An Interview with the Armenian Editor of ‘Russia Today’

At 26, in the world today, she is the youngest head of a global news and entertainment TV channel. In the past year formerly vocal critics of the channel have been replaced by a more balanced discussion about what type of news an English-speaking audience expects from a Russian information channel broadcasting only in English. Passport Moscow Editor Jeremy Noble interviewed Margarita Simonyan in her office, on the one-year anniversary of Russia Today. (The interview naturally was in English).

Jeremy Noble: Do you think that it is accurate to say that Russia Today is the face of Russia today? I mean by this, that the channel presents a very professional, very polished and very articulate image of Russia.

Margarita Simonyan: We are aiming to become the face of Russia today. We want to be the first, the best, the quickest, the most aware TV channel talking about Russia and the CIS. We want people to trust us, when they want to know about Russia, we want them to watch Russia Today.

J.N.: As the Editor-in-Chief do you see yourself as being somehow part of what we are calling the face of Russia Today?

M.S.: I am not the face of Russia today as a channel; we have many handsome and beautiful presenters who can claim to be the face of the channel. I feel myself a part of my country but no, the channel is not about me.


J.N.:
Do you then see yourself as being only one part of a large team?

M.S.: Yes. We are all in the same boat, Russia’s and foreigners. I am proud of my team, I trust them; they are all dedicated people who are %u218into’ this channel, who know %u218what the story is about.’ There are no %u218accidental people’ here, as we call them in Russia. It doesn’t matter if they are Russia’s or foreigners.

My parentage is 100% Armenian, although my parents themselves were brought up in Russia. I too was born and brought up in Russia. My motherland is Russia, no matter that I have not one drop of Russian blood.


J.N.:
How would you present on Russia Today, say, a conflict that might arise between Armenia and Russia which might affect you on a personal level?

M.S.:
I have only been to Armenia once, on an official delegation accompanying President Putin.

What you see is dependent upon where you stand. A sophisticated Cambridge-educated Englishman will see Russia but won’t feel her. But if you were born and brought up in a distant provincial region, and felt with all your inner being the %u21890s in Russia, the end of the USSR, you would feel your country in a different way. When you have experienced a country’s history like that, you understand.


J.N.:
Can I ask you please more about your upbringing. You were born in Krasnodar and educated there. In the 10th Class you went on an exchange programme to the US; how was that visit important for you?

M.S.: It was 1995 to 1996. I was fifteen, the age when your views on life are being formed. When I was in the US I came to better appreciate life in Russia. At the same time I got into American habits and beliefs, large and small. Small beliefs can be important, for thinking about other people. I will give you an example; when I am driving in Moscow and I see that people are trying to cross the road, I stop; that is not a very Russian characteristic. About beliefs, you have to start with yourself. If you want to fight corruption, then you have to stop the cheating in the classroom.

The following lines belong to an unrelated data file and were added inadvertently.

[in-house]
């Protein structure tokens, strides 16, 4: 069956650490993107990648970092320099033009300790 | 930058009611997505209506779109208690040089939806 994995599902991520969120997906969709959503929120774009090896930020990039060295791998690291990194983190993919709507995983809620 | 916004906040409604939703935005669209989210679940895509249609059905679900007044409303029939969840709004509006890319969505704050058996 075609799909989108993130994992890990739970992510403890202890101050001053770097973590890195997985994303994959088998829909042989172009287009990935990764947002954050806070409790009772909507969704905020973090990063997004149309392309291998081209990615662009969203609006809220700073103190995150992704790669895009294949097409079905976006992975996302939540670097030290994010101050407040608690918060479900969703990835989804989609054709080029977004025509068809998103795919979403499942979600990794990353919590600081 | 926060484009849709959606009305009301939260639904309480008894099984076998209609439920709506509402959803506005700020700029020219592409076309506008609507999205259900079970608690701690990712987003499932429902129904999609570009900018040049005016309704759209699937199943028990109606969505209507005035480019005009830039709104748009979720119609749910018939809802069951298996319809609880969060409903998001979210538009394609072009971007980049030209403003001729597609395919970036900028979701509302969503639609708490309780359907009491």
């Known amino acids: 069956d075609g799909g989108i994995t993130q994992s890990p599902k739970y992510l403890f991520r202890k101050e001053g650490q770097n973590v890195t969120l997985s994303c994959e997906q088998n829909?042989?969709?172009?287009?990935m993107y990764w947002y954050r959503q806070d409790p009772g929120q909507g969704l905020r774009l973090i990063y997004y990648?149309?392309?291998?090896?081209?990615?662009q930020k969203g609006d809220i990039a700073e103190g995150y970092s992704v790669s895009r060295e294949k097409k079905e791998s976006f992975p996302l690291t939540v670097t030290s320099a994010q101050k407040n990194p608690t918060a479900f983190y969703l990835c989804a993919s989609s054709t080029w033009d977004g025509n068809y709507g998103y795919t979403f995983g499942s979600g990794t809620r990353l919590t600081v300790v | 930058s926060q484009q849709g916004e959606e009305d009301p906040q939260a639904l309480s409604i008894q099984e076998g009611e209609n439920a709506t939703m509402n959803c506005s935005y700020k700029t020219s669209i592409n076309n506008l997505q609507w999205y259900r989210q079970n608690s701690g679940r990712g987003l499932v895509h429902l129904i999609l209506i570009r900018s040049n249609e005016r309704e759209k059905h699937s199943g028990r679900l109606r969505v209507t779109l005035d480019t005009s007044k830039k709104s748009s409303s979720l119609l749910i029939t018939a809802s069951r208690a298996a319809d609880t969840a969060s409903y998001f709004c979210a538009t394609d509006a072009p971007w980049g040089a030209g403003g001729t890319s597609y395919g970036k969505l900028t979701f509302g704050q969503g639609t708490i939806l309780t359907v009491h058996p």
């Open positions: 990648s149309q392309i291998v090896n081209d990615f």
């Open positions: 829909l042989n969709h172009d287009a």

J.N.:
Would you say that you have a Western work ethic?

M.S.: In Russia Today there are things that we do in a Russian way, and others which can be called %u218Western.’ You received your higher education at Kuban State University, and then at the Television School of Vladimir Pozner. Pozner is perhaps the most famous example of a Russian media personality who is equally at home in both Russia and the West. Do you see yourself in that same way, I mean, as someone who understands and is comfortable in both those %u218worlds’?

I am comfortable in both of them, yes; understand the West just as well as I understand Russia, no. I don’t think that one can say that one fully understands a foreign country, the West. I won’t claim that I understand any other country as well as I know Russia.


J.N.:
You have had a very varied and interesting career, with periods of journalism %u218in the field’ and a stint as Kremlin correspondent for Rossiya TV channel. How is that background important for being the Editor-in-Chief of Russia Today?

M.S.: I think that what we are talking about is balance. It makes it much easier for me to talk to people who work with me, with the experience I have. It would be impossible to be a part of my team without those two types of experience. I understand my colleagues when they are in the field and when they are in the Kremlin.


J.N.:
What is the difference between %u218field’ journalism and %u218red carpet’ journalism?

M.S.: The difference is that it is difficult to make %u218red carpet’ journalism interesting for viewers. In the field, in Beslan, for example, it is not difficult; you have action, background, everything is there. But you have to show that %u218red carpet’ reporting is also just as important; the decisions you might be talking about could be affecting millions of people. You have to find a common language with the audience. Sometimes a journalist will call me and ask, “Margarita, how am I going to write this story?I always try to suggest a personal angle, “how does this situation affect a typical family?”


J.N.:
It sounds as if you have a very approachable management style?

M.S.: I try to. I do not want to be sitting behind closed doors.


J.N.:
President Putin sent flowers to you on your twenty-fifth birthday. Clearly the President thinks highly of you; how does this high regard affect your work?